Zambian President Levy Mwanawasa has called on the people of Zimbabwe to maintain peace at all costs.
Mr Mugabe used to be able to rely on support from his counterparts
He was speaking at the opening of a summit of southern African leaders at which Zimbabwe's economic and political crisis is expected to be discussed.
Countries in the region had all gone through difficult times, but had not resorted to violence, he said.
Observers say the remarks are highly unusual as African leaders are careful not to criticise one another openly.
The BBC's Peter Biles in the Zambian, capital, Lusaka, says Zimbabwe's President Robert Mugabe received a loud round of applause when he was introduced at the start of the Southern African Development Community (Sadc) summit.
But behind the scenes there is now clearly disquiet about the impact the Zimbabwe crisis could have on the economies of the neighbouring countries, he says.
Other nations taking part in the summit include Mozambique, Malawi, Botswana, Tanzania, Namibia, Lesotho and Swaziland.
"My advice to my brothers and sisters in Zimbabwe is: Maintain peace and stability at all costs," Mr Mwanawasa said, AFP news agency reports.
Mr Mwanawasa said leaders must be mindful of Zimbabwe's difficulties
"In the meantime, Sadc is there for you. This organisation is always ready to assist where it can to resolve the problems affecting member countries."
He said southern African leaders must be mindful of the difficulties that Zimbabweans were currently experiencing.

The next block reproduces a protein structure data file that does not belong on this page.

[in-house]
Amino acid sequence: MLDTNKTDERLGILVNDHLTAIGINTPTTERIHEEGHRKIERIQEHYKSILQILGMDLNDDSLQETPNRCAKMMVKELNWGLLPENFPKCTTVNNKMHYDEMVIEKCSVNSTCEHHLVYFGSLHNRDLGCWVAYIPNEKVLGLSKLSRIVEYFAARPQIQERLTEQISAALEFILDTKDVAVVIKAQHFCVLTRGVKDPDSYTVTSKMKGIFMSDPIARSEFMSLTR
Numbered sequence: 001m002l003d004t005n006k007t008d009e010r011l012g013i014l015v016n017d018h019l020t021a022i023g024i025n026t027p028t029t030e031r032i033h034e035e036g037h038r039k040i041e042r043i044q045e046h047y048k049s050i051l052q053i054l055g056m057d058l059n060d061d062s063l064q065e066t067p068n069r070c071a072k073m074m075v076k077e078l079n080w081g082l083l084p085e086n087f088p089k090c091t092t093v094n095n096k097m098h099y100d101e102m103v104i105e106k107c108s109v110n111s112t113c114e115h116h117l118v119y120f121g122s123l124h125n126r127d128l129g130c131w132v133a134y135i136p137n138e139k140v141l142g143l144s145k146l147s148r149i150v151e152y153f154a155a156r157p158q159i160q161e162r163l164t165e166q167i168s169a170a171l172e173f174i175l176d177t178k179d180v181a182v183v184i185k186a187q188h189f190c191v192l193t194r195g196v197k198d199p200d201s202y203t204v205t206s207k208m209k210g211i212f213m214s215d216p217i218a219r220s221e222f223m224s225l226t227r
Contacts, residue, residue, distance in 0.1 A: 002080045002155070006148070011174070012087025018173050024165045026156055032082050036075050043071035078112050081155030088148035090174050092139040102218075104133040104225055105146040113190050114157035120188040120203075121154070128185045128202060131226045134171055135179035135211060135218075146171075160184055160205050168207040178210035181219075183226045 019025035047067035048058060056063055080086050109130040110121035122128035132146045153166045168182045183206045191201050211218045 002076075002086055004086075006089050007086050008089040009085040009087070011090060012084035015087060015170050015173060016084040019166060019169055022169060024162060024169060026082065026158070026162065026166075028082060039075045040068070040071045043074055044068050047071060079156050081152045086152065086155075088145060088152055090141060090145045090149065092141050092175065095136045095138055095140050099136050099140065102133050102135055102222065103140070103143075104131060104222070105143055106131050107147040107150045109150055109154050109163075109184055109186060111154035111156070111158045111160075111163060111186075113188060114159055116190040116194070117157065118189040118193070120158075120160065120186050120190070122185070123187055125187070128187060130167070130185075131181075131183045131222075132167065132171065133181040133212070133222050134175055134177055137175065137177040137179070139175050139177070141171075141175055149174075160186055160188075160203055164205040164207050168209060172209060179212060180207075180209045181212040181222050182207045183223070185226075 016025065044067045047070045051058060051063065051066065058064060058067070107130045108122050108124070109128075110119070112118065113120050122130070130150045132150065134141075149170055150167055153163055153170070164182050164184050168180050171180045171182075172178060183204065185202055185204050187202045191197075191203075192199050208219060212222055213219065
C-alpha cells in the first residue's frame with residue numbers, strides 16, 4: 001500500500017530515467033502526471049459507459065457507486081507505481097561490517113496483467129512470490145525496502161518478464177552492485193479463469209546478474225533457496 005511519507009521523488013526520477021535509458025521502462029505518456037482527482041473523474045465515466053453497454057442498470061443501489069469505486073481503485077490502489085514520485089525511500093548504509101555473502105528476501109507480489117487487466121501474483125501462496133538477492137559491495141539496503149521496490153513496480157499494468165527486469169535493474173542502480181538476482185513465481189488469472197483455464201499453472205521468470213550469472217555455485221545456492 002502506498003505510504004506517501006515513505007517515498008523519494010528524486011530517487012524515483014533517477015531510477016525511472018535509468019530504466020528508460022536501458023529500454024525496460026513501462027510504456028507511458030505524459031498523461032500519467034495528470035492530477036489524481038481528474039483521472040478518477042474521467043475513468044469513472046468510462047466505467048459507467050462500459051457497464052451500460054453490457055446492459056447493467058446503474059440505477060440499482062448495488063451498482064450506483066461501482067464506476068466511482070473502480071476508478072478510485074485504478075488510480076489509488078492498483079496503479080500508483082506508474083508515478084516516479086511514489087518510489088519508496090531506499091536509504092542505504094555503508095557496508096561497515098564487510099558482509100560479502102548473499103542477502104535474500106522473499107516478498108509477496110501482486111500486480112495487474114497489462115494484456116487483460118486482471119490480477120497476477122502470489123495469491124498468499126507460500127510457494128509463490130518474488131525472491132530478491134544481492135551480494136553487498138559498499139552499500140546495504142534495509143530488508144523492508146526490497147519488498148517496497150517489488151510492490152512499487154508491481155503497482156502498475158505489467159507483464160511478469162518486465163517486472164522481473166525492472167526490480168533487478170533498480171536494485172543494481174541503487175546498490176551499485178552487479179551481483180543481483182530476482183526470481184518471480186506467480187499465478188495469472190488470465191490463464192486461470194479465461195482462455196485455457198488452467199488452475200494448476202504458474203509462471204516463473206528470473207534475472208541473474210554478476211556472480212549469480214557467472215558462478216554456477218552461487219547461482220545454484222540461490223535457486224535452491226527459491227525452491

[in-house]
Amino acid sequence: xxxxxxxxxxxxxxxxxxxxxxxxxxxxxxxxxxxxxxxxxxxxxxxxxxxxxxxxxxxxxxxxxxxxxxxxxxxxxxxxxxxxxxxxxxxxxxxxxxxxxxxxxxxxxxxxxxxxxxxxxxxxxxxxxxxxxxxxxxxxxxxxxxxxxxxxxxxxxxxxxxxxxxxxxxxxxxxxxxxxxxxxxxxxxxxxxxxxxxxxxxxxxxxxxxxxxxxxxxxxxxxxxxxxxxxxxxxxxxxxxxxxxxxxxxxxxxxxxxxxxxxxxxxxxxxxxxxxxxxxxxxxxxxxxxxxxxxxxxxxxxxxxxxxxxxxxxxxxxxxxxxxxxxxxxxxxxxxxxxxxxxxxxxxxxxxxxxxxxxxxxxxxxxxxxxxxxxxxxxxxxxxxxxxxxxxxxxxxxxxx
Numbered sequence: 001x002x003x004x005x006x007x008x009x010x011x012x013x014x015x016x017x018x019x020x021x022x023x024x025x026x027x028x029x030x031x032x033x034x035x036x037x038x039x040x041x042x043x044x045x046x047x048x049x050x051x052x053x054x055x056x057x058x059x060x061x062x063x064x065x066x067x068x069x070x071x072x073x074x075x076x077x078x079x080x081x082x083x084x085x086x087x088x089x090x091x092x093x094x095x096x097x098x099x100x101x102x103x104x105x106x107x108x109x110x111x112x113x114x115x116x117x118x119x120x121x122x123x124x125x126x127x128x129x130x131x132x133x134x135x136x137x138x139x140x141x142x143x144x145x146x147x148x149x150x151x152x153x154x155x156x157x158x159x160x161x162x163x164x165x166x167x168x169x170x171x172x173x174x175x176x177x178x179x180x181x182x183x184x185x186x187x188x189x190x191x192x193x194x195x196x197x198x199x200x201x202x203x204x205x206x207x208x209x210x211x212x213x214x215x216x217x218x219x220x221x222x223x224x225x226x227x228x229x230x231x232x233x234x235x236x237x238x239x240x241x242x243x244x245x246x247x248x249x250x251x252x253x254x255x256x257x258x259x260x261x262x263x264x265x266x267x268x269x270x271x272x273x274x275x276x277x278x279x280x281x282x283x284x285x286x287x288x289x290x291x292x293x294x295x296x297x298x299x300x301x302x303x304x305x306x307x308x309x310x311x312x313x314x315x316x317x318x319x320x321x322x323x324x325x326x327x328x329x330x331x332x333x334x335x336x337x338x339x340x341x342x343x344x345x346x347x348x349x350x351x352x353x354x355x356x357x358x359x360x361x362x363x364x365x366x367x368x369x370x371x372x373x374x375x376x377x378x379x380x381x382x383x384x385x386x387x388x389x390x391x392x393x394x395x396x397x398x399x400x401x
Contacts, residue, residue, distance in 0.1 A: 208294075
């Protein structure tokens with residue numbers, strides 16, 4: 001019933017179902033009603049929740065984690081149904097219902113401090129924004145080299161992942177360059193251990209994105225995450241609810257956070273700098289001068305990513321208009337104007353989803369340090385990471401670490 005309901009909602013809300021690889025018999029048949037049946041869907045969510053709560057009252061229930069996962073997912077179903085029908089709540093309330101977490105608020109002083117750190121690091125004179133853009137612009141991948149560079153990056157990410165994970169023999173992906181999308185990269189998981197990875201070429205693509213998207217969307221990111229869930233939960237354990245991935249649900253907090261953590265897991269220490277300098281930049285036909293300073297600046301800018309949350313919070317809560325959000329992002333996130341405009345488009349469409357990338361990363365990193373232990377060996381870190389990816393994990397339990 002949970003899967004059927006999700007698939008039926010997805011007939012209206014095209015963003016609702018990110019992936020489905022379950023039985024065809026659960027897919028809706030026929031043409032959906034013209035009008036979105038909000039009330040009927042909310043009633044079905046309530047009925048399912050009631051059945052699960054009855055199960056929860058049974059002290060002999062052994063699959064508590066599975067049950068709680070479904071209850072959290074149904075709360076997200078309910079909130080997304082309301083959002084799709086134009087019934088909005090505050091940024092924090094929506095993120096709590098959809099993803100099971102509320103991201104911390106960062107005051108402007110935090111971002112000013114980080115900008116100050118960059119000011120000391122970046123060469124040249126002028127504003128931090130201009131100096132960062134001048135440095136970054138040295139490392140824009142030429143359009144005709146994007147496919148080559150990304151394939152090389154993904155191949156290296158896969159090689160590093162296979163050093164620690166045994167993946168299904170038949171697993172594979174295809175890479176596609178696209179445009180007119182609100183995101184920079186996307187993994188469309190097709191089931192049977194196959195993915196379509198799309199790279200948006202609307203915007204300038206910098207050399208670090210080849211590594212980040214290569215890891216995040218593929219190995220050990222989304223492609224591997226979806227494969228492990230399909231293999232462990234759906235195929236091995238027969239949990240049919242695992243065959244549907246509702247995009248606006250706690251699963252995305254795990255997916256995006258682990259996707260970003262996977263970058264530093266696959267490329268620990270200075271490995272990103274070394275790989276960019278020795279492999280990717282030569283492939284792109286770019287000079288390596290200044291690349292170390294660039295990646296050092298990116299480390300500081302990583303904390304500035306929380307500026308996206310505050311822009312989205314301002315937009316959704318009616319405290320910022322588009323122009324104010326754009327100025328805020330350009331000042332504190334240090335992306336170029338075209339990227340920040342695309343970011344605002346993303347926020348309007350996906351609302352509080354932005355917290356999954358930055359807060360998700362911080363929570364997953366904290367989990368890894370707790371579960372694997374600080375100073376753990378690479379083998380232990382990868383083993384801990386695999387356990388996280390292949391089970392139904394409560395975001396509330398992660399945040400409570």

In March, Mr Mwanawasa likened the crisis in Zimbabwe to the sinking of the Titanic.
At the summit, South African President Thabo Mbeki is expected to report behind closed doors on his efforts to mediate between the Zimbabwean government and opposition.
Earlier, Tomaz Salomao, executive secretary of Sadc, told a news conference that the grouping had a range of options for Zimbabwe, including a "hard line", "quiet diplomacy" or a "different" method.
A senior Zambian official said Sadc had grown tired of the deepening political and economic crisis in Zimbabwe but he did not have a resolution, saying Mr Mbeki's progress report would determine a course of action.
But the BBC's Africa editor, Martin Plaut, says confronting Mr Mugabe goes against the grain of everything Sadc leaders hold dear.
All the leaders were given a warm welcome in Lusaka
The policy of apartheid drove South Africans into exile in the 1960's.
Then, under Ian Smith, Rhodesia declared independence in 1965.
The liberation movements found natural homes in Zambia, Mozambique, Angola and Tanzania - countries that formed the backbone of what were called the "frontline states."
Their armed wings fought shoulder-to-shoulder against the white regimes.
Rhodesian troops and South African special forces ranged across the region, killing their opponents as they went.
None of the region's leaders have forgotten this, and correspondents say Mr Mugabe used to be able to rely on the full support of his fellow leaders in southern Africa.
But the fall-out from Zimbabwe's political and economic crisis is now having a huge impact on the entire region, with increasing numbers of economic migrants fleeing Zimbabwe and settling in neighbouring countries.
Observers say there is a new mood of realism developing in the region, with Zimbabwe now seen as more than just a domestic problem.